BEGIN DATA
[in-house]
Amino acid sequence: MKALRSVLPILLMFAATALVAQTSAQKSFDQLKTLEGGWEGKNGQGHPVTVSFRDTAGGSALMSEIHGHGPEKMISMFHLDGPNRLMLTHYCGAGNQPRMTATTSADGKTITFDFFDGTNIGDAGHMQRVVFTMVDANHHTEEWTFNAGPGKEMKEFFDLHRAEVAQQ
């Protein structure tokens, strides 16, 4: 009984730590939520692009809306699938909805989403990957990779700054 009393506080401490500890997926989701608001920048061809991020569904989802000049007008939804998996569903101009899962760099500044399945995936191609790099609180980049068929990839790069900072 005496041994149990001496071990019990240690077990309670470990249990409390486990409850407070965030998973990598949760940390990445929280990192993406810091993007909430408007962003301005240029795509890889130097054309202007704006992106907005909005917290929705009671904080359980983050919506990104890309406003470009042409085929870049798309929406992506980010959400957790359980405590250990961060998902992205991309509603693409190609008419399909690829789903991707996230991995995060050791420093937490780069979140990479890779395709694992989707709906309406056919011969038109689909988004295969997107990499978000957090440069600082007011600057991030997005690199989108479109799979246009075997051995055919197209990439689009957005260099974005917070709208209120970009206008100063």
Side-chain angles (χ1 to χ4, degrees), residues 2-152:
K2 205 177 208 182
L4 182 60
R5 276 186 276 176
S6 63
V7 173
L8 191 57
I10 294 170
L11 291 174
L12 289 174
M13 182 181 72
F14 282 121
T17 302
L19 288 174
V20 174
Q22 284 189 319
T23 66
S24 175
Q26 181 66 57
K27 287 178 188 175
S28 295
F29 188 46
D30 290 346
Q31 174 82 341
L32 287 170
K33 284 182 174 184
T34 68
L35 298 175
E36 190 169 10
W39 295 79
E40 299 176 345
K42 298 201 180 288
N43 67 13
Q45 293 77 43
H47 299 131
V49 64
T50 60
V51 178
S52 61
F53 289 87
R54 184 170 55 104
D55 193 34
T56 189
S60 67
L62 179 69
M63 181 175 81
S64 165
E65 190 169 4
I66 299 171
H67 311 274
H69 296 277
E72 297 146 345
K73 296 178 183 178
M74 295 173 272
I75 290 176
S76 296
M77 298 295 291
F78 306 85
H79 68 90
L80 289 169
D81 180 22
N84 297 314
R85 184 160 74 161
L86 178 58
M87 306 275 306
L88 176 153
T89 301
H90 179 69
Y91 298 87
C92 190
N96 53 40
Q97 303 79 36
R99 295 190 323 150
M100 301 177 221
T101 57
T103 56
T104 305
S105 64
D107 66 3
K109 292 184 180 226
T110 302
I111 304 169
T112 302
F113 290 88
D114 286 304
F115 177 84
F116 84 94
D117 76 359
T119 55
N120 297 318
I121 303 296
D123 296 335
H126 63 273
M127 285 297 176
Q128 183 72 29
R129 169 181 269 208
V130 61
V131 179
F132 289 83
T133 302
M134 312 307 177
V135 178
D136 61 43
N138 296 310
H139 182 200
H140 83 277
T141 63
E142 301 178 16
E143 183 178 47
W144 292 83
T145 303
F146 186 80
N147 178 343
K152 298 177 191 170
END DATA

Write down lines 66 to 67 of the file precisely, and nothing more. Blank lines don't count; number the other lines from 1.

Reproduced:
R85 184 160 74 161
L86 178 58